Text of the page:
Women helped build it. We should own it.

Our foremothers helped build American business. Get us the capital we need to continue to help it grow.

By Michael Finkelstein


The History Channel recently aired a miniseries entitled “The Men Who Built America” about men who shaped America’s industrial and business dominance.

But what about the women who built America?

factoriesWe ought to know that the Industrial Revolution, a century-old movement that gave rise to the Information Age (our current curve), doesn’t happen without women in the labor force. Nor does the modern female entrepreneur

Maybe our foremothers didn’t do very different jobs when they left their homes and found work elsewhere. But it changed everything for them and for us.

Why? Because they could earn money.

Not easily, though. Generally bad working conditions were worse for women. They also took the risky, difficult jobs men wouldn’t touch, for pay men wouldn’t touch, either.

But in taking these jobs and bringing home these paychecks, women raised the American standard of living. And it produced changes that made what suffragewe do possible.

As in: they got the vote in 1919 using organizations they created, such as the National Woman Suffrage Association.

As in: they began to think of their bodies as their own. The ditched the corset and cut their hair and embraced, some of them, “The New Woman” or flapper.

Josephine Baker at the Casino of Paris in 1939As in: they demanded better work, white-collar work. The military? Come WWII, some 200,000 women got their service on. Still want to do blue-collar jobs, say— lumberjacking? Sure! Traditionally male jobs for the taking.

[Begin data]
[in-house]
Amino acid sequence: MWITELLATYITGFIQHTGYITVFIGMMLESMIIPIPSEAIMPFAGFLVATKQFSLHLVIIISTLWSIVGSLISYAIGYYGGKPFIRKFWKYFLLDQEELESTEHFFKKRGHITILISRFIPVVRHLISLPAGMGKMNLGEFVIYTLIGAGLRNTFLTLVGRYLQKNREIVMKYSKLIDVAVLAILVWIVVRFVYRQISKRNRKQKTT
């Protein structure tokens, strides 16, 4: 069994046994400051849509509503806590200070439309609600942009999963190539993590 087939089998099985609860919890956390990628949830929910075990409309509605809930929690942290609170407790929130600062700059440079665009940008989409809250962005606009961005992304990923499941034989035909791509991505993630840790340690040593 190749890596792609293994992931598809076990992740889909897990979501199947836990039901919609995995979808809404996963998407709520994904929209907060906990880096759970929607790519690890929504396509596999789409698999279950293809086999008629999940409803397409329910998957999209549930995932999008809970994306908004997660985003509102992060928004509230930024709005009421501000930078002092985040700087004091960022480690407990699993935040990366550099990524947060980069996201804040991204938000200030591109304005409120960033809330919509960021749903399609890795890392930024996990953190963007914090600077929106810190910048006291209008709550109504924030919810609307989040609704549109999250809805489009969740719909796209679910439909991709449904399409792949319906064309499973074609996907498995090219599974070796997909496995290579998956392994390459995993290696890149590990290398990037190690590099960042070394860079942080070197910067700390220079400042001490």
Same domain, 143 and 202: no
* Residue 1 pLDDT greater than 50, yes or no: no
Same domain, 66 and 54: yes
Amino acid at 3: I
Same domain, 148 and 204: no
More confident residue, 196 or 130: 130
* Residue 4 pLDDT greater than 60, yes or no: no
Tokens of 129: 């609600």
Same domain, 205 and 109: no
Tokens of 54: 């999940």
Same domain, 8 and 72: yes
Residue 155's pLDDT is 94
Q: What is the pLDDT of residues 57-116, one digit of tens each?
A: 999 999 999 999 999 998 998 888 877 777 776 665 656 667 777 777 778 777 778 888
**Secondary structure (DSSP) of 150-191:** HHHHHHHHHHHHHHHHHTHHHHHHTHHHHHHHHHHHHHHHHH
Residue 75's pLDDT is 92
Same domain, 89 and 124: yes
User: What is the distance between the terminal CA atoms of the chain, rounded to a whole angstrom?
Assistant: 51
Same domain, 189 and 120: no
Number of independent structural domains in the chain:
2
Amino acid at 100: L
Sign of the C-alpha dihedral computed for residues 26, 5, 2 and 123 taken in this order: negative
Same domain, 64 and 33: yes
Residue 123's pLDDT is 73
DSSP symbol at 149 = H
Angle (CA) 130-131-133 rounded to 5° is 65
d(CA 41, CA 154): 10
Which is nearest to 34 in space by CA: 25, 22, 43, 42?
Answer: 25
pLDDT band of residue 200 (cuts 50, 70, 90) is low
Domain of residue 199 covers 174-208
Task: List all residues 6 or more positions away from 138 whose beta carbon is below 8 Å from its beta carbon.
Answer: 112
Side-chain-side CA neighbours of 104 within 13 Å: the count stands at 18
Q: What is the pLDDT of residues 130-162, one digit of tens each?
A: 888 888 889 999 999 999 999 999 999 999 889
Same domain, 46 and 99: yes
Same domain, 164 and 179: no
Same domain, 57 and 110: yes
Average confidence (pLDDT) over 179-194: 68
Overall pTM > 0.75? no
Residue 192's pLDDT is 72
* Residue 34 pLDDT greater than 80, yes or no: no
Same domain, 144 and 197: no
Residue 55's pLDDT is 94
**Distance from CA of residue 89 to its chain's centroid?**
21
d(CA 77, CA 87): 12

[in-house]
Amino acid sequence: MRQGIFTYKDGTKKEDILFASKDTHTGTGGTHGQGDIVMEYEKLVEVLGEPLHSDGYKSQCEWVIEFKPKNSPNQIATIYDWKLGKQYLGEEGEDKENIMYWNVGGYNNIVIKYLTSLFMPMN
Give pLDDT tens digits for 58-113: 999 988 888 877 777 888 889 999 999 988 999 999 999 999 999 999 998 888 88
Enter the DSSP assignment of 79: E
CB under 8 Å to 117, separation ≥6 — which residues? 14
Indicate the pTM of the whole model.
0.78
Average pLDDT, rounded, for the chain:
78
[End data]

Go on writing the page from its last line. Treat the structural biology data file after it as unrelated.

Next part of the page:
And just as we know from today, women working increased productivity and quality, and decreased production times. Rosie the Riveter: we all know what she stood for.

RosieAfter the war? Some women did go home, sure. But by the 1970s, Ruth Handler had founded Mattel (1945), Brownie Wise of Tupperware had won the cover of BusinessWeek (1954), Katharine Graham of the Washington Post had become the first female CEO of a Fortune 500 company (1972), and women owned 4% of all American business.

By 1991, we owned 38%. By then, 27 million workers were women. And we contributed $4 trillion dollars in cumulative sales.

Looks easy? No.

Besides what you’d expect—the sexist, the obstructionism, the long hours, the negativity—there is the problem of capital.

The Equal Credit Opportunity Act of 1974 allowed women to borrow, but didn’t provide gender equity. Even now women open businesses with half as much capital as men do, despite the financial reality that women-owned and women-led firms perform better.

This is a pain-point we all know needs addressing, and recent technologies, especially online lenders who can better analyze data without bias, can help.

Getting accessible finance for women could shake up a business sector that has come a long way, but still has much room to grow.

Women have continually displayed impressive resilience in the face of societal resistance. Let’s get the rest of the obstacles out of our way. Though there’s much to be done, the emergence of initiatives like online lending are a good start.


Michael Finkelstein is CEO and Founder of The Credit Junction, an online lending platform that helps owners of small and midsized businesses grow their companies by providing fast, flexible and efficient access to as much as $5M in capital. 

This essay was edited from the original.

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